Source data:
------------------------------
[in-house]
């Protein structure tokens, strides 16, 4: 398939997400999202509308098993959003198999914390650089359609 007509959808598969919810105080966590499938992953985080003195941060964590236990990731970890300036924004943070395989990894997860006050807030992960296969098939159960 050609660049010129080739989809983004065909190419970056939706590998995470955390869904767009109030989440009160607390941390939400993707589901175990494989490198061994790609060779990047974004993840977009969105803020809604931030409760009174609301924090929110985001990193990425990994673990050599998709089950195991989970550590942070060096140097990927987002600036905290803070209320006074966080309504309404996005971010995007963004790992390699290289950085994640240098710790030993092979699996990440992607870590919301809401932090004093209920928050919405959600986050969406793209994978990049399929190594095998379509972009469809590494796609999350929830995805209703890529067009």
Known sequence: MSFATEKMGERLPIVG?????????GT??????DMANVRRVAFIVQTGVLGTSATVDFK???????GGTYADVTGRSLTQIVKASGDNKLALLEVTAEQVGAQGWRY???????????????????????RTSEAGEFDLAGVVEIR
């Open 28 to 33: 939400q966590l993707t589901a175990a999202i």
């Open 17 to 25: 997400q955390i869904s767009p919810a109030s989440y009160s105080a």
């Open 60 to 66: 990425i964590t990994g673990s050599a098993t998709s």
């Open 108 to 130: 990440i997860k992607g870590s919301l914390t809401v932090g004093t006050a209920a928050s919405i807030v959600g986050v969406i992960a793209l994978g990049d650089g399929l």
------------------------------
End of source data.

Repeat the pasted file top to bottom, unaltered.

[in-house]
């Protein structure tokens, strides 16, 4: 398939997400999202509308098993959003198999914390650089359609 007509959808598969919810105080966590499938992953985080003195941060964590236990990731970890300036924004943070395989990894997860006050807030992960296969098939159960 050609660049010129080739989809983004065909190419970056939706590998995470955390869904767009109030989440009160607390941390939400993707589901175990494989490198061994790609060779990047974004993840977009969105803020809604931030409760009174609301924090929110985001990193990425990994673990050599998709089950195991989970550590942070060096140097990927987002600036905290803070209320006074966080309504309404996005971010995007963004790992390699290289950085994640240098710790030993092979699996990440992607870590919301809401932090004093209920928050919405959600986050969406793209994978990049399929190594095998379509972009469809590494796609999350929830995805209703890529067009």
Known sequence: MSFATEKMGERLPIVG?????????GT??????DMANVRRVAFIVQTGVLGTSATVDFK???????GGTYADVTGRSLTQIVKASGDNKLALLEVTAEQVGAQGWRY???????????????????????RTSEAGEFDLAGVVEIR
């Open 28 to 33: 939400q966590l993707t589901a175990a999202i």
């Open 17 to 25: 997400q955390i869904s767009p919810a109030s989440y009160s105080a």
């Open 60 to 66: 990425i964590t990994g673990s050599a098993t998709s």
């Open 108 to 130: 990440i997860k992607g870590s919301l914390t809401v932090g004093t006050a209920a928050s919405i807030v959600g986050v969406i992960a793209l994978g990049d650089g399929l």